Brakes

Brake requirements may vary significantly from state to state. For example, in Connecticut, motorcycles must have at least 1 brake, and motorcycles manufactured after 1973 must have brakes on both wheels.

In Florida, motorcycle brakes are required to develop a brake force that’s at least 43.5% of the motorcycle’s gross weight. Not only that, but motorcycle brakes are required to stop a vehicle from 20 mph in not more than 30 feet.

Your local laws may vary significantly from what we’ve described above. Make sure to consult your state laws to find out relevant information.

Footrests

In some states, motorcycles are required to have footrests for passengers, but this usually applies only if the motorcycle is designed for passengers. In other states, you may be required to have footrests for both yourself and the passenger.

Turn signals

Turn signals aren’t mandatory in all states, so you may not need to equip your bike with them. However, we do suggest that you mount turn signals on your dirt bike. Turn signals will allow you to let other drivers know about your intentions. Without turn signals, you will have to rely on inconvenient hand signals.

Mirrors

You will probably need to equip your dirt bike with at least one mirror. In some states, you may be required to mount two. With that said, we think that you should spend a little more money and buy yourself a pair of mirrors even if it isn’t required by law in your area.

Horn

All states require a horn, but some states allow non-electric horns, whereas others require you to install a fully-electric horn. You may want to opt for an electric horn anyway since it’s more convenient to operate.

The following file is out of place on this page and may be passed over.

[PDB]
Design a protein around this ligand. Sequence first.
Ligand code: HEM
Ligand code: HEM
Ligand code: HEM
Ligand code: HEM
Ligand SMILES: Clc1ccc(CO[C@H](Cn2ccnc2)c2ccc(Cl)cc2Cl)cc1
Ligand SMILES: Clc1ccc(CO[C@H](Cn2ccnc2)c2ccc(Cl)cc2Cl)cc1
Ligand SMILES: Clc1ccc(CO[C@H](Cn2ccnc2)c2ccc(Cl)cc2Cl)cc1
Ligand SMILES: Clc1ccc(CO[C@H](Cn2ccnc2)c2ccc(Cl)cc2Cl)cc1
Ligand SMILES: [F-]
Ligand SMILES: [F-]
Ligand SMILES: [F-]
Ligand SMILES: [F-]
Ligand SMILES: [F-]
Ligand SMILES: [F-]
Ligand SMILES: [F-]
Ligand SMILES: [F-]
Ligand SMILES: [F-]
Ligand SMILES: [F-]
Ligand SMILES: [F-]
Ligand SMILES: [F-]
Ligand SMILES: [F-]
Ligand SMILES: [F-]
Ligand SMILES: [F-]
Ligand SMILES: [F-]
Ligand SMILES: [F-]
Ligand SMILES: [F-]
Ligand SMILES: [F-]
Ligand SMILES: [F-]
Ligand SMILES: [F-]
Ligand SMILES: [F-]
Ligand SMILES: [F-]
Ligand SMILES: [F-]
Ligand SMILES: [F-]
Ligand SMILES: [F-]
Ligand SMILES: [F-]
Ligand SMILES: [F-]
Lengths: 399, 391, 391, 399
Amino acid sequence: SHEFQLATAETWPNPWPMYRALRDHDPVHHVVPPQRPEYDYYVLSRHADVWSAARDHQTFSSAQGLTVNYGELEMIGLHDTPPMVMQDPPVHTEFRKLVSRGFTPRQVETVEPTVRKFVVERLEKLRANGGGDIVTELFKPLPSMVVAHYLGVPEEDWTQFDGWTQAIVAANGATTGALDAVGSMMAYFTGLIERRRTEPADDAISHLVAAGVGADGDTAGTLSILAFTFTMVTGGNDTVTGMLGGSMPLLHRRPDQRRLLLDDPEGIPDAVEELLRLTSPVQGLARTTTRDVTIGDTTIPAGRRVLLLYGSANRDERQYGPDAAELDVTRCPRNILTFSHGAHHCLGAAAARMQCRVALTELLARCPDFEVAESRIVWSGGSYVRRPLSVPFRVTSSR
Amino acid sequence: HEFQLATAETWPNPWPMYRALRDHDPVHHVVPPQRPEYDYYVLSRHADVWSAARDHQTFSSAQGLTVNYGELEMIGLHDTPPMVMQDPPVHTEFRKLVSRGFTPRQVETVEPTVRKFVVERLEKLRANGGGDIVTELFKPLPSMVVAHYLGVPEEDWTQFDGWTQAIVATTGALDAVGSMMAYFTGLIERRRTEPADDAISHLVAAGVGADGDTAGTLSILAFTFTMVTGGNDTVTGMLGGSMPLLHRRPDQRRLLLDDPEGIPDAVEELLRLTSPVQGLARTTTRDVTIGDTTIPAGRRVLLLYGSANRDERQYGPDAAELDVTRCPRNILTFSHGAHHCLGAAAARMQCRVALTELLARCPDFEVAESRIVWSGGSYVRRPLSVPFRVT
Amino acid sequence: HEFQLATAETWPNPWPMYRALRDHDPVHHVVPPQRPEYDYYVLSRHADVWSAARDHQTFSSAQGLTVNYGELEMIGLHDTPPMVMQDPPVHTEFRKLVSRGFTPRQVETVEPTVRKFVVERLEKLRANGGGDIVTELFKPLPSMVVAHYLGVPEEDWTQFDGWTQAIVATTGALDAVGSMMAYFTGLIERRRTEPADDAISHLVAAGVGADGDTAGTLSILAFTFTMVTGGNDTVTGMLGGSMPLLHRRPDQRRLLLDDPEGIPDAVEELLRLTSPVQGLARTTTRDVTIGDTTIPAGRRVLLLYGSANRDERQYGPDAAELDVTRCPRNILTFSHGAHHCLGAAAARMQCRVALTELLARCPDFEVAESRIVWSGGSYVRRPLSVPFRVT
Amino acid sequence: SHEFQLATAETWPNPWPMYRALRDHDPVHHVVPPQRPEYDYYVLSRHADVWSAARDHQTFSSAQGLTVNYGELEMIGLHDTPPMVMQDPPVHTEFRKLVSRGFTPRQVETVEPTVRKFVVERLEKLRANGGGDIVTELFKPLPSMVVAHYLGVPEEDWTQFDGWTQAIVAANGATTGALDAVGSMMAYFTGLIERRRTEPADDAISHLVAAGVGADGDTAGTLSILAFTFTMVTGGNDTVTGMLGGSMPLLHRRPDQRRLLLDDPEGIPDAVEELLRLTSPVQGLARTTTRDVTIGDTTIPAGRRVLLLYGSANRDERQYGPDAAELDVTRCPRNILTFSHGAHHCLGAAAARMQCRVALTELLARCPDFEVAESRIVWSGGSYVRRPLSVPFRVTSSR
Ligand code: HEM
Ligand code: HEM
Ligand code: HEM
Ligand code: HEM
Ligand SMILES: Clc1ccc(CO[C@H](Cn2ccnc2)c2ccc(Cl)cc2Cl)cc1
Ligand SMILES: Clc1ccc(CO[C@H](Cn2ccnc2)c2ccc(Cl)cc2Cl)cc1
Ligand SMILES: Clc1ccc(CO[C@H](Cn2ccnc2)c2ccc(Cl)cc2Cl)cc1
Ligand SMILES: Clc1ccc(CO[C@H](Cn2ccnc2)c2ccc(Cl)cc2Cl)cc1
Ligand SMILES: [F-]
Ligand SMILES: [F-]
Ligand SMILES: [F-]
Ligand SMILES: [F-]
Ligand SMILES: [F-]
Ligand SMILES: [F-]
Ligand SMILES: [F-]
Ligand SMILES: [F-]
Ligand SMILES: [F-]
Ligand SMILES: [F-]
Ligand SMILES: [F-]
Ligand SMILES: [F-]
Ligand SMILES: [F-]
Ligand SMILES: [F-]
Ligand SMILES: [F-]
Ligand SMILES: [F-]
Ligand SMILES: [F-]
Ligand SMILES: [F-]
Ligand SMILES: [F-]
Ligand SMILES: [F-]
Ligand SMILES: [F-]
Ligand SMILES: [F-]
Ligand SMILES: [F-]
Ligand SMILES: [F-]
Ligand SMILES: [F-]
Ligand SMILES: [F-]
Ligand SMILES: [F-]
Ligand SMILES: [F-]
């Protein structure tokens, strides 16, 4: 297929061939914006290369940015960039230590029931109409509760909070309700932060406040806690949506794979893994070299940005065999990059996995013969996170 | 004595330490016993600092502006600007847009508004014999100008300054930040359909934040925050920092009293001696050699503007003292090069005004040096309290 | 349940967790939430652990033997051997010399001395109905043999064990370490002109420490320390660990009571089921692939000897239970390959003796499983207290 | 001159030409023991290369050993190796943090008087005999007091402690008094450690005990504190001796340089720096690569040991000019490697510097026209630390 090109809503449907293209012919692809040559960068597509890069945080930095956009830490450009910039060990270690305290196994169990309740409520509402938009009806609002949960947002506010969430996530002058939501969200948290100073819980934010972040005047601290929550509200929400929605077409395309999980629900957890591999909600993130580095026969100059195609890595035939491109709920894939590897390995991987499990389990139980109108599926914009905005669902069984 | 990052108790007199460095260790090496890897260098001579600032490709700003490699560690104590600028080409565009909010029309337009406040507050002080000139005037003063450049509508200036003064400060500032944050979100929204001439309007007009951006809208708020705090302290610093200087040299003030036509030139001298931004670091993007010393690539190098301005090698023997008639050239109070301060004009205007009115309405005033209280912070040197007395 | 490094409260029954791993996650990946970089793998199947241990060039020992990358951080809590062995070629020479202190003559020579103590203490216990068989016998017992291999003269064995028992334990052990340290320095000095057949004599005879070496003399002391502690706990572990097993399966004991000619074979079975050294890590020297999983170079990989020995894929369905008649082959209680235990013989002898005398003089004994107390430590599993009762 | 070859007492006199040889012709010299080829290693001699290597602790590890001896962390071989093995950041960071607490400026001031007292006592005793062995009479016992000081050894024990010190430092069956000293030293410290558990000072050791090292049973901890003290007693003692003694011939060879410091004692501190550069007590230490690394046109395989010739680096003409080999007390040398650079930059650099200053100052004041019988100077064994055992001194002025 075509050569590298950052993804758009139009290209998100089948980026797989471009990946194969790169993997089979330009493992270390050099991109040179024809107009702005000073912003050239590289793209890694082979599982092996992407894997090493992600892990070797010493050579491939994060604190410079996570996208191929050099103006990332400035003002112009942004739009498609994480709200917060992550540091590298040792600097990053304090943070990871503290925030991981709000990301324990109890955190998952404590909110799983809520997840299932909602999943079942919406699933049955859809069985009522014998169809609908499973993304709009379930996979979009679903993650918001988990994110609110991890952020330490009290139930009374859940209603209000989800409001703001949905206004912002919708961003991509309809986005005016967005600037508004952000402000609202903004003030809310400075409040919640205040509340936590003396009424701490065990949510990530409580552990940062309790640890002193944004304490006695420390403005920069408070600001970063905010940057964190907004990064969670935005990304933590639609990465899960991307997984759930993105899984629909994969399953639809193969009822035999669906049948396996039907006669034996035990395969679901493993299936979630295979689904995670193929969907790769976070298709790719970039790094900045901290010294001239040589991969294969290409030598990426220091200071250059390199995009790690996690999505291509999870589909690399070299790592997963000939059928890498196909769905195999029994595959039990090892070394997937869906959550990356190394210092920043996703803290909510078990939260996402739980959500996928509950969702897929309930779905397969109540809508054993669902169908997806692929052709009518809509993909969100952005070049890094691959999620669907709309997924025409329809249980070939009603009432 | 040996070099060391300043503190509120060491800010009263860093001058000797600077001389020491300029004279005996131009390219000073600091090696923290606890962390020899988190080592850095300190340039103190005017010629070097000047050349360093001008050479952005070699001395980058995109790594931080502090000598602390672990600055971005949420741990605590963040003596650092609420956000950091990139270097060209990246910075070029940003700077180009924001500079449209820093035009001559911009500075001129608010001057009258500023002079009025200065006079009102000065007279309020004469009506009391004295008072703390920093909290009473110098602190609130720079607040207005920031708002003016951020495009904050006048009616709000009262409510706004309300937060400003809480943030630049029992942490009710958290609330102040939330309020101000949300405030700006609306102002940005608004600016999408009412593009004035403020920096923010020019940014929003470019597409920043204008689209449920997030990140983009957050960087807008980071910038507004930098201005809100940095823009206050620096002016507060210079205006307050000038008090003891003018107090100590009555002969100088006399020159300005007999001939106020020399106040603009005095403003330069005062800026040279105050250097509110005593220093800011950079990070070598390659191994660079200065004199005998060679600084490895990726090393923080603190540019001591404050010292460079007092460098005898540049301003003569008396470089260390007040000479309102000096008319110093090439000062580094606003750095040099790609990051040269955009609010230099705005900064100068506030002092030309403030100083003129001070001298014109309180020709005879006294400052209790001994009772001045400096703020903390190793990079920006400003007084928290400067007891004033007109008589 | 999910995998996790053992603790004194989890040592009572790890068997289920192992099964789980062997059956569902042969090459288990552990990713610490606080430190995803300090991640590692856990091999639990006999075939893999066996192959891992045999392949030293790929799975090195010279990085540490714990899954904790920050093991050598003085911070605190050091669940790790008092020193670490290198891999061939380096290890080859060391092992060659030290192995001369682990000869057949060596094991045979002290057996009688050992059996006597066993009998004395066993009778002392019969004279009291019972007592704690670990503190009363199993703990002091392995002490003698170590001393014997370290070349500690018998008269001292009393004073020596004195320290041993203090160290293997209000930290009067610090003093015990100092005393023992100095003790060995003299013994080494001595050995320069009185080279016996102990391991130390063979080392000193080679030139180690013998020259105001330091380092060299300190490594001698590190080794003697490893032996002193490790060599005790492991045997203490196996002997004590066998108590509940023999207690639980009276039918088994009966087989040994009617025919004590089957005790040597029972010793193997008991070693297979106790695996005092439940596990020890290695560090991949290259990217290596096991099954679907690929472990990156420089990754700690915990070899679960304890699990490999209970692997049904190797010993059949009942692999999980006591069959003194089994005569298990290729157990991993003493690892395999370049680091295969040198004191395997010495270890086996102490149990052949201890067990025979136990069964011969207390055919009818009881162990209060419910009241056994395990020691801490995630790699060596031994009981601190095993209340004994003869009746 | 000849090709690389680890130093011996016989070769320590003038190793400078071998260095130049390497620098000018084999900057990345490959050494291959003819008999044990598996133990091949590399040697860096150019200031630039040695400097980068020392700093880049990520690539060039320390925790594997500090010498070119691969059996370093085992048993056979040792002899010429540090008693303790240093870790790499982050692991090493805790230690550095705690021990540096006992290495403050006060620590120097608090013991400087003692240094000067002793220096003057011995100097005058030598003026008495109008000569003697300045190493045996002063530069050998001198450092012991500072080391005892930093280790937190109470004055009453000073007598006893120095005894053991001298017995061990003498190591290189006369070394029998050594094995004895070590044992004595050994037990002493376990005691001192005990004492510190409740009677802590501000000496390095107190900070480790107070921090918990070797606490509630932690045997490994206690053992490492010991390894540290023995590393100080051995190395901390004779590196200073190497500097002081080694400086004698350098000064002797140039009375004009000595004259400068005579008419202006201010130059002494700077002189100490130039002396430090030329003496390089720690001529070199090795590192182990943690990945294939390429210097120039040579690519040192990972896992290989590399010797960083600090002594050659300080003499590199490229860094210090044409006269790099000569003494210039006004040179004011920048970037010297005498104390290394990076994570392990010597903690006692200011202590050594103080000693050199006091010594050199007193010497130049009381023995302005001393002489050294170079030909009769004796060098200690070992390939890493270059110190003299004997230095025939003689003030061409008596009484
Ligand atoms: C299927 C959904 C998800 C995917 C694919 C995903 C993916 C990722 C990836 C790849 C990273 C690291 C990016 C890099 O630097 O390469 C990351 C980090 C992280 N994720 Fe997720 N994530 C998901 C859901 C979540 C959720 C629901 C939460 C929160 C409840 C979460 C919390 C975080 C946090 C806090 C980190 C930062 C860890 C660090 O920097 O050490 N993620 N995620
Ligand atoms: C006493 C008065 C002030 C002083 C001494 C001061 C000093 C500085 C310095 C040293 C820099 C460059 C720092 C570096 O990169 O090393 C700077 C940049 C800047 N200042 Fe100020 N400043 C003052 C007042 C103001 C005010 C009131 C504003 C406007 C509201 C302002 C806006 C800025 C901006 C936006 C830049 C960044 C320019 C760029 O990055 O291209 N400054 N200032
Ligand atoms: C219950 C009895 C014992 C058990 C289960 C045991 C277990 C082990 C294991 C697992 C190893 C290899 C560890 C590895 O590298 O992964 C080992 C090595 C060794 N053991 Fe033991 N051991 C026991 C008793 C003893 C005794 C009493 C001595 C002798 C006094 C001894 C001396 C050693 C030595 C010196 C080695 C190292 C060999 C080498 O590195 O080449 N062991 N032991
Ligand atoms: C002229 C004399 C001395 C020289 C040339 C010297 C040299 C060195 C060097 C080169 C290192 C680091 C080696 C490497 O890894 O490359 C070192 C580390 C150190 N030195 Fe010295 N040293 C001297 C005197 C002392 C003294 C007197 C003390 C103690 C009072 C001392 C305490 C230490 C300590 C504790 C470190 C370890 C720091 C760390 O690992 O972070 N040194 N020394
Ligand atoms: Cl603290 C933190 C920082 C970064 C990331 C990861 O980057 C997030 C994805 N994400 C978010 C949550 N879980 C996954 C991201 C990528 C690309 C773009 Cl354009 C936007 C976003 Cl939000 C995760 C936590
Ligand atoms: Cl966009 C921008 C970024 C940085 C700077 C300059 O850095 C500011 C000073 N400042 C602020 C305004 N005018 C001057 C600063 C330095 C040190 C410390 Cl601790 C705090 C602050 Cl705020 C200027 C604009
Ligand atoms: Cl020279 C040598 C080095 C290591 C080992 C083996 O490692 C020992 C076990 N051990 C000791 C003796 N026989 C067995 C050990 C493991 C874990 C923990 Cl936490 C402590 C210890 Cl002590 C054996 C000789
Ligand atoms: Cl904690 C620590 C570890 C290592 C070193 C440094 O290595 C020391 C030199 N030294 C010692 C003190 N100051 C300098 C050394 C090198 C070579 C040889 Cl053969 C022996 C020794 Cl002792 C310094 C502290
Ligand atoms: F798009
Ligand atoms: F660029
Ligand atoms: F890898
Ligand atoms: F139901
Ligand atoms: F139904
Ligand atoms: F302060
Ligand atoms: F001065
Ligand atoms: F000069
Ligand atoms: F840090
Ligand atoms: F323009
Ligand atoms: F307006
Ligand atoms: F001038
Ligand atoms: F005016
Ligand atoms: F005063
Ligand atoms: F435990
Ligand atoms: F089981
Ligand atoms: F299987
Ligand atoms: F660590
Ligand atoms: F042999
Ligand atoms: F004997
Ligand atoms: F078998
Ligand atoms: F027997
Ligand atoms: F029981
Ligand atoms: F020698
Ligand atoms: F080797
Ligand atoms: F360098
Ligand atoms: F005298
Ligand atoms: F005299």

Exhaust

There are three things to consider with exhausts:

  • Shape.
  • Sound levels.
  • Gas emissions.

Depending on where you are, you may need to switch to a street-legal exhaust. California is especially strict about this. Again, consult your local DOT or DMV to find relevant codes.

Tires

Dirt bike tires aren’t durable enough for highway use, so you will most likely be required to switch your tires to DOT-approved tires. Even if not required, we still recommend that you do switch to road tires – otherwise, your tires will fall apart pretty soon, maybe while you are riding.

License plate holder

You will need a license plate holder in all states. Not only that, but there may be regulations on the illumination of the license plate installed on a holder. Do make sure to install a plate holder with integrated lights or add an LED strip to the holder to ensure that the plate is visible.

Handlebar height

The handlebar height is also regulated in some states. For example, in Arizona, the handlebars are required to be at or below the shoulder level of the operator. In Alabama, the handlebars must be higher than the seat by no more than 15 inches.

If your handlebar height doesn’t comply with local regulations, then you will have to either adjust it to a lower level (if your dirt bike does allow that) or install a compliant handlebar.

How Do You Get A License for A Dirt Bike?

Legally speaking, there are no specific regulations for dirt bikes in the US. Most states will put a distinction only between mopeds and motorcycles. For example, in Texas, mopeds are defined as two-wheeled vehicles that have a displacement of no more than 50cc. Anything else is considered a motorcycle.

What this means is that you will probably need to follow local procedures outlined for motorcycles.

In some states, motorcycles require a separate class of a driver’s license. In others, you will need to have a permit, or you may be required to have both a driver’s license and a permit. It’s difficult to give directions here since regulations may differ significantly from state to state.

Final Words

To find out what you need to do, answer the following question – do you want to ride your dirt bike on the streets or only off-road? The answer to this question will determine what you will need to do.

You can read more Off-Road articles here.

With off-road biking, you may not even need to do anything. But to ride your dirt bike on the streets, you will need a driver’s license or permit in all states, not to mention that you may need to install some additional hardware to make your dirt bike street legal.

In the end, consult your local regulations to find out what exactly you need to do to use your dirt bike in the desired area.